Honey Bees: A Keystone Species on the Brink

How much of our food supply depends on honey bees? “If the bee disappears from the surface of the Earth, man would have no more than four years left to live.” Albert Einstein? Charles Darwin? Maurice Maeterlinck? E. O. Wilson? Apocryphal? People argue who’s the author of that famous quote, even about the truthfulness of those words. But does it really matter? 4 years or 30 years – humans are entirely dependent on Mother Nature, and the bees are a significant part of our complex ecosystem. Why are bees so important? It can’t get simpler or easier than: “no bees – no food.” The most crucial role of those stinging flying insects is being the pollinators of food plants. Pollination happens when bees collect nectar and pollen from flowers, and that’s their daily activity from Spring to Autumn, from dawn to sunset. They are moving pollen from one flower to another (on their bodies), and when this happens, fertilization is possible, and fruit-carrying seeds can develop. This simple, natural routine makes the bees responsible for over 30% of our food supply. “One out of every three mouthfuls of our food depends on pollinators.” “Crops that depend on pollination are five times more valuable than those that do not,” WWF.  What you want to know about bees:
  • They visit 50 to 100 flowers during a single collection trip
  • They can fly for up to six miles to collect food (nectar and pollen) and can fly up to 15 mph
  • They are the only insect that produces food eaten by man
  • On average, 1 honey bee makes only 1/12 of a teaspoon of honey in its lifetime
  • One pound of honey equals 90,000 miles of trips made by bees (three times around the globe)
  • Bees communicate through scent and dance!
  • Beekeeping can be traced back to 13,000 B.C, that is how early we discovered their importance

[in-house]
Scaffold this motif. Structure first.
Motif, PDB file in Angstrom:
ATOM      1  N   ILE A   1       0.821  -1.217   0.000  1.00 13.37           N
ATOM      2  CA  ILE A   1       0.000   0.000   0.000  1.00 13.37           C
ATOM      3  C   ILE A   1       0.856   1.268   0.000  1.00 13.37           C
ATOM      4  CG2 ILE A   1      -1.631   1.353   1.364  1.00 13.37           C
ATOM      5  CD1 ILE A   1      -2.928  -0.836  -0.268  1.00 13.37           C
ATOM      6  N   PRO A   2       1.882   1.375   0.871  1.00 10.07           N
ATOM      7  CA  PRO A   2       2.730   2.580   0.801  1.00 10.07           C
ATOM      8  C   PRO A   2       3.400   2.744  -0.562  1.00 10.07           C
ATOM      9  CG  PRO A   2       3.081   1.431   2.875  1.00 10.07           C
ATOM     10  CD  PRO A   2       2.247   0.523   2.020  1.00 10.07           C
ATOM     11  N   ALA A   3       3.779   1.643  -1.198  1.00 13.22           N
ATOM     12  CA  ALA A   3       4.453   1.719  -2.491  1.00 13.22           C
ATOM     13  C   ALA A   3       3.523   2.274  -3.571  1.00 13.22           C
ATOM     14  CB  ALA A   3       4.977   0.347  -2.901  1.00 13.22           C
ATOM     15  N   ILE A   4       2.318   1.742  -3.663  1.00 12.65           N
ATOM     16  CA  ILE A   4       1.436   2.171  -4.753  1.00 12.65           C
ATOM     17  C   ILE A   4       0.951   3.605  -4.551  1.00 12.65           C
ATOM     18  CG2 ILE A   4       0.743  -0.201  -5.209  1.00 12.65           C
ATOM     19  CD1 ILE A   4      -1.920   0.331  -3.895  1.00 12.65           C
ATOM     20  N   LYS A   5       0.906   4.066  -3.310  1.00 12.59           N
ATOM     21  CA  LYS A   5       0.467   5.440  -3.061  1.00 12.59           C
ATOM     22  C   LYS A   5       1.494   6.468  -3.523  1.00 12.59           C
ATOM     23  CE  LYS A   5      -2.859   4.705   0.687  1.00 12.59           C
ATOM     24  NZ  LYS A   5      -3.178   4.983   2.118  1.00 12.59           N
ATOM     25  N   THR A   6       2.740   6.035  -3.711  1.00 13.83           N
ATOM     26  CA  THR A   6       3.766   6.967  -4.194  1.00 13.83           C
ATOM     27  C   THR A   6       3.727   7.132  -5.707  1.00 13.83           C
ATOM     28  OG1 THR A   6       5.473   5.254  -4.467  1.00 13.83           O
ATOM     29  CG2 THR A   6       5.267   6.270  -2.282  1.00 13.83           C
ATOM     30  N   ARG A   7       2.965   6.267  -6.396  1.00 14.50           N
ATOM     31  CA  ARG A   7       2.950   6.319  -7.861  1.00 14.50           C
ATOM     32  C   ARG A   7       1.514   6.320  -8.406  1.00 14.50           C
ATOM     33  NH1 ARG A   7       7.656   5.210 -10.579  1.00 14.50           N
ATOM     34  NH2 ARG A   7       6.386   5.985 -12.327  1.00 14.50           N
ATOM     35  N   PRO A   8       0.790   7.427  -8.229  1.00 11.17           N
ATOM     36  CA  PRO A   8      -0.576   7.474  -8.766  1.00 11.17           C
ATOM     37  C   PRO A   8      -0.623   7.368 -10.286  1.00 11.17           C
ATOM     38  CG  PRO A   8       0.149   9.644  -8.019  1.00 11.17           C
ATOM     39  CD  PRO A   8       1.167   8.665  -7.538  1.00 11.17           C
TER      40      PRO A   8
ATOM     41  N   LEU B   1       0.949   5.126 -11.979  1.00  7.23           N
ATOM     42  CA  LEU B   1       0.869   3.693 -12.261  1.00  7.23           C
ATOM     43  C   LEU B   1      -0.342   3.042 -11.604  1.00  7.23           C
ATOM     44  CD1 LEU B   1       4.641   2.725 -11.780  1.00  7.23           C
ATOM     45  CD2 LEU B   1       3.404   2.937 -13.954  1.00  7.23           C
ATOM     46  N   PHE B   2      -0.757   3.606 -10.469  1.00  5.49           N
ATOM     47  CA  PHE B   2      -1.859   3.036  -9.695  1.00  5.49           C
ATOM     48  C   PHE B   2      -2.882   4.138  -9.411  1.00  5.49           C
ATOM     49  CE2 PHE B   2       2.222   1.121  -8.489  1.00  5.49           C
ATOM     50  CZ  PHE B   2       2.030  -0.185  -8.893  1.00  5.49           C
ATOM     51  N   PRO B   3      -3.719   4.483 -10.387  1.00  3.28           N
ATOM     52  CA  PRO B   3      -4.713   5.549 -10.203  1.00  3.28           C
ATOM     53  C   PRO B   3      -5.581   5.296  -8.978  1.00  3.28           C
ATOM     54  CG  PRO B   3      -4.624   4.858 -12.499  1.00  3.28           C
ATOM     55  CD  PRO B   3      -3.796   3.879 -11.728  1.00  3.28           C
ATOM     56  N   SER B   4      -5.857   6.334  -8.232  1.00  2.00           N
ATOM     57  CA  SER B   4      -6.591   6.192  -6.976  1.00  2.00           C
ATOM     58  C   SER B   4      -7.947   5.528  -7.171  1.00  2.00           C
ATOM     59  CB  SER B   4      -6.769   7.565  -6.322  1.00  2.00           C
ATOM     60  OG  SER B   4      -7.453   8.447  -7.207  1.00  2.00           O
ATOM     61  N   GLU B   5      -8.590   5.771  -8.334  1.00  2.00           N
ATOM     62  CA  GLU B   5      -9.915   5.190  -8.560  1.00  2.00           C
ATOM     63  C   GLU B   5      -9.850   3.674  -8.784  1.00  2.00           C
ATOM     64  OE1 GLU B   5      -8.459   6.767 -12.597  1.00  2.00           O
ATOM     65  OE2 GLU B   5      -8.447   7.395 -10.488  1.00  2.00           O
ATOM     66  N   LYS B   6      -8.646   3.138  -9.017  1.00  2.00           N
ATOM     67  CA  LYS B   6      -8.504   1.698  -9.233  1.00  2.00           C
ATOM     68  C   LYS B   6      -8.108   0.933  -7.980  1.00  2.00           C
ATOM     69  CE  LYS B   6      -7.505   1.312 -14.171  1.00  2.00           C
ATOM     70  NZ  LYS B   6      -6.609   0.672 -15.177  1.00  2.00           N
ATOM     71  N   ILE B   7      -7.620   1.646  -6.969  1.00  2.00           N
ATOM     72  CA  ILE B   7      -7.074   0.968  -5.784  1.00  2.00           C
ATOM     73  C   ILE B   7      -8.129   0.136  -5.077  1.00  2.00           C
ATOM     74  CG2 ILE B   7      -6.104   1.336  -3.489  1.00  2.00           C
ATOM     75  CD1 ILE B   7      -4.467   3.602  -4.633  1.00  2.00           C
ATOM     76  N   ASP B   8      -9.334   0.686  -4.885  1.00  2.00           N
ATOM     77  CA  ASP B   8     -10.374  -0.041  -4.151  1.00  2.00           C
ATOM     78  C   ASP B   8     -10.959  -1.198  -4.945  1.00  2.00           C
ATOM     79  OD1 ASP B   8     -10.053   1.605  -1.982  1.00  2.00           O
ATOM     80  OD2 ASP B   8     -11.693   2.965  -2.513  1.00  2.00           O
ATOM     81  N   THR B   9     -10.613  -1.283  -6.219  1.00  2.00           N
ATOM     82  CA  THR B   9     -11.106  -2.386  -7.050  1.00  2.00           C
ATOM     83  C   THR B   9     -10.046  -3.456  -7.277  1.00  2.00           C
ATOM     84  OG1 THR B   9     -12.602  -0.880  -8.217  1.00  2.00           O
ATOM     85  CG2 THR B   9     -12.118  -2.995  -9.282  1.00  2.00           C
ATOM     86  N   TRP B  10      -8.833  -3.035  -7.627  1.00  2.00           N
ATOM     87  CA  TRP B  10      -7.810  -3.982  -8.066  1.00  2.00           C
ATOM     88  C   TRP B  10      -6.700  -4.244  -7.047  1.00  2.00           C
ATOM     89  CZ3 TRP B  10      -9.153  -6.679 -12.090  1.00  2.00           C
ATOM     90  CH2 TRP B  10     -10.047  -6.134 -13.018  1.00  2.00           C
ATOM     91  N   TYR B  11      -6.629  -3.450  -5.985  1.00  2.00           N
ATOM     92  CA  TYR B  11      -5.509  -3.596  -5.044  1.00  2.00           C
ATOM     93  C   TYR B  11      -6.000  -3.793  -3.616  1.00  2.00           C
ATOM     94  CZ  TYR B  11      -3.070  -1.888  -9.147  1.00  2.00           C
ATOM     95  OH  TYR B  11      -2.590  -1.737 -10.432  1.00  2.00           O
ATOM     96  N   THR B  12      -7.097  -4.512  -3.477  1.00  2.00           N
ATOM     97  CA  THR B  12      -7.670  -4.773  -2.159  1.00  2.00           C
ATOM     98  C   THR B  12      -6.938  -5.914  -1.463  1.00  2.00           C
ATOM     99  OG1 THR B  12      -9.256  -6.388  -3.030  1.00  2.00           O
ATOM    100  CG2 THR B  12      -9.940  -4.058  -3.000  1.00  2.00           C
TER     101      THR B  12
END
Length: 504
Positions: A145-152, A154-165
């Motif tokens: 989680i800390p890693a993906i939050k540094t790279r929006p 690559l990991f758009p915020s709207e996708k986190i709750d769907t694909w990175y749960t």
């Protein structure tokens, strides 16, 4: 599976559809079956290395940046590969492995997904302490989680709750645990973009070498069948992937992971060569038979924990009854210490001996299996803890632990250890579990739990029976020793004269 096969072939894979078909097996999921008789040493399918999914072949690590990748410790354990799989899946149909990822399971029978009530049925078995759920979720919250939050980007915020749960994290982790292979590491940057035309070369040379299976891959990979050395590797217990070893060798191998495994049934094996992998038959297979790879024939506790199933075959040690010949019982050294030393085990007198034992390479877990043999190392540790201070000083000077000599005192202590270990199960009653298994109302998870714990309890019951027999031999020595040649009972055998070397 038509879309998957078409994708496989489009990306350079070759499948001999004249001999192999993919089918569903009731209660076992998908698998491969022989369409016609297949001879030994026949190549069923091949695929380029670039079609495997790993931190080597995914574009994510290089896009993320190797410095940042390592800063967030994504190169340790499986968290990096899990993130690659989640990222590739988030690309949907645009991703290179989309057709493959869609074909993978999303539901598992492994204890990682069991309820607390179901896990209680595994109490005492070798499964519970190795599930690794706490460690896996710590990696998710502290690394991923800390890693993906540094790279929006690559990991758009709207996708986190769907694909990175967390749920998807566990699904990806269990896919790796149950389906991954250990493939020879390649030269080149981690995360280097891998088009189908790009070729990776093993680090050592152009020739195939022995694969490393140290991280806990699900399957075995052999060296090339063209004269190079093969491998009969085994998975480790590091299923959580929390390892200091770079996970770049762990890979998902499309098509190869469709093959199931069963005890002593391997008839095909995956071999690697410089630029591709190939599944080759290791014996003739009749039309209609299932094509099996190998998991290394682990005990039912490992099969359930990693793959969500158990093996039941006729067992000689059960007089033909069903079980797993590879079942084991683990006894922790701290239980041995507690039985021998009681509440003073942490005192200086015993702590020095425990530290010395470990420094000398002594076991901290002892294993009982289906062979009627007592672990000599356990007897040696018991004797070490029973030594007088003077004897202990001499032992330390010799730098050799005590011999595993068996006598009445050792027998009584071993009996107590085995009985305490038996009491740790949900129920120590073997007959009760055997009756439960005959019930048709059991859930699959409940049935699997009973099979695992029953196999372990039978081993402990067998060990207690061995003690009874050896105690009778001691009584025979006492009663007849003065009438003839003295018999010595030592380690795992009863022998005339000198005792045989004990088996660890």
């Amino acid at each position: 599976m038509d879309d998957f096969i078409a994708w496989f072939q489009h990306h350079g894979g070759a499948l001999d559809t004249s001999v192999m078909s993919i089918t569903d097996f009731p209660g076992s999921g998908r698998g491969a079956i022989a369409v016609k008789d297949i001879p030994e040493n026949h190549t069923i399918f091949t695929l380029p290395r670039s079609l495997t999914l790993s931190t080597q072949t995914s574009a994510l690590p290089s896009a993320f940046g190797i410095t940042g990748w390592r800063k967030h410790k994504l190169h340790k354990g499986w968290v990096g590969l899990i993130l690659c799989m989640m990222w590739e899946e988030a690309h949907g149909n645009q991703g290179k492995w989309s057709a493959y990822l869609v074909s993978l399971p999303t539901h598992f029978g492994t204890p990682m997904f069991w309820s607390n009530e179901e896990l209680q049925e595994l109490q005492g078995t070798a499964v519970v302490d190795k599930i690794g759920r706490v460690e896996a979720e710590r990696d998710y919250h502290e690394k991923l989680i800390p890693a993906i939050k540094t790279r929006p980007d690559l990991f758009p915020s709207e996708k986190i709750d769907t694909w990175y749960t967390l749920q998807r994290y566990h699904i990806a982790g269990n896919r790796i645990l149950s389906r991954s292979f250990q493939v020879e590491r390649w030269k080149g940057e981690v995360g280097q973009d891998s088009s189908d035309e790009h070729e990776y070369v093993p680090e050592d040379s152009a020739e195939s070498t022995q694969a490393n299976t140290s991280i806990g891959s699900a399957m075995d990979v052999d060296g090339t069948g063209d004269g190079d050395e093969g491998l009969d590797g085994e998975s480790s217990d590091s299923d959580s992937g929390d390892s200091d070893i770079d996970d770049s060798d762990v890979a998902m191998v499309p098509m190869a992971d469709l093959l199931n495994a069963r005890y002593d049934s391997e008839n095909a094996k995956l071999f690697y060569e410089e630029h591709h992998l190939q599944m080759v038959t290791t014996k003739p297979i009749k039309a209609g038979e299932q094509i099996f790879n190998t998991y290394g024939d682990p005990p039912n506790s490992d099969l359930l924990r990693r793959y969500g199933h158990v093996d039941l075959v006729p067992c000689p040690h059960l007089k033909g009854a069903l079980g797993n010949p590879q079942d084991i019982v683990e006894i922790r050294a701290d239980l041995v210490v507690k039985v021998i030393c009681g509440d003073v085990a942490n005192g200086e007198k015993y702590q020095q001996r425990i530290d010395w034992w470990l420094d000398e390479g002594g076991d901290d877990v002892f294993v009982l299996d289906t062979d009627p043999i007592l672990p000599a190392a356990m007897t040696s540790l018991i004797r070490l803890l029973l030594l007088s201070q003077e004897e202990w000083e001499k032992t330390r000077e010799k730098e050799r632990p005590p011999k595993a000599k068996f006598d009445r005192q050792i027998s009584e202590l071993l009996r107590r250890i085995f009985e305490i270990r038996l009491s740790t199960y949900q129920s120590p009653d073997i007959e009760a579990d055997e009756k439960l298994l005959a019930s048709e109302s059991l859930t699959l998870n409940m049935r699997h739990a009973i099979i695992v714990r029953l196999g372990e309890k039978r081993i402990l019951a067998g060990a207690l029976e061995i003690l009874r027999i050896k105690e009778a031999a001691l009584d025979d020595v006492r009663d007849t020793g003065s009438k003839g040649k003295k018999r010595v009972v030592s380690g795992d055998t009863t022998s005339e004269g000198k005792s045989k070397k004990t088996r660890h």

Are bees endangered?  Over hundreds of millions of years, many bee species have developed remarkably complex and sophisticated relationships with plants, making their reproduction possible. In recent years, bee populations have been decreasing on a global scale. Many factors contribute to these alarming changes, but mainly it is caused by increased rates of colony collapse, agriculture, and pesticides, but most of all, climate change. With the loss of bees, we could lose many plants in just decades. Pesticides One of the most likely harming products endangering the bee population is a group of common insecticides called Neonicotinoids, used widely in farms and urban landscapes. They are absorbed by plants and transferred in pollen and nectar, making them toxic to bees. Studies have shown that these compounds, even at low concentrations, may cause instant death or alter the regular activity of the bee’s nervous system. In the past few weeks, while writing this article, we have seen fellow beekeepers’ loss of several hives from pesticides used in urban areas. Agriculture Agriculture in the United States has become 48 times more toxic to insects over the last 25 years, primarily due to a controversial, widely used class of pesticides that are particularly harmful to bees. Commercially used honey bees seem to be incredibly stressed by several features of commercial agriculture: pesticides, monoculture, genetically modified crops, and bee management, meaning when they are moved long distances from field to field, exposing them to different pesticides and genetically engineered crops. The increase in stress levels from modern agriculture can cause their immune system to break down. Also, beekeeping itself has become industrialized, which means beehives are chemically treated to kill varroa mites, and the bees are fed antibiotics to fight diseases efficiently. Climate change Not only a threat to the bee populations but also to other pollinators. Changing seasonal temperature trends, water availability, and season length can substantially impact flowering plants. Many species rely on seasonal indications to know when to flower. Historically, pollinators have been in sync with these cycles, but when climate change interferes, pollinators may find that blooming time has already gone or that no flowers are open yet. These complex relationships are difficult to predict, and their interruption directly impacts our ecosystem.  Protect the bees Luckily, there are only a few bee species classified as endangered. However, the many sudden changes to their environment brought by climate change pose a real threat to the rest of the bee species. Their importance for our own survival makes it essential to find ways to protect them. How can we do that?  There are simple actions that each one of us can do. Plant some flowers (preferably different, with different blooming seasons) in your garden, balcony, windowsills, so bees have access to nectar all year round. Bees love traditional cottage garden flowers and native wildflowers like primrose, buddleia, and marigolds. Talk to your friends and family about the importance of bees and how cool they are. Use your social media to spread information about the harm of pesticides. Learn about organic methods to manage your garden, or for the most courageous among you, get a bee colony.   Find a beekeeper’s organization in your area and get to know your local beekeepers. And, if you’re genuinely inspired, become a beekeeper like I did this year. Kasia Buchta & Jay Weiss Los Angeles, CA www.instagram.com/kasia.and.bees

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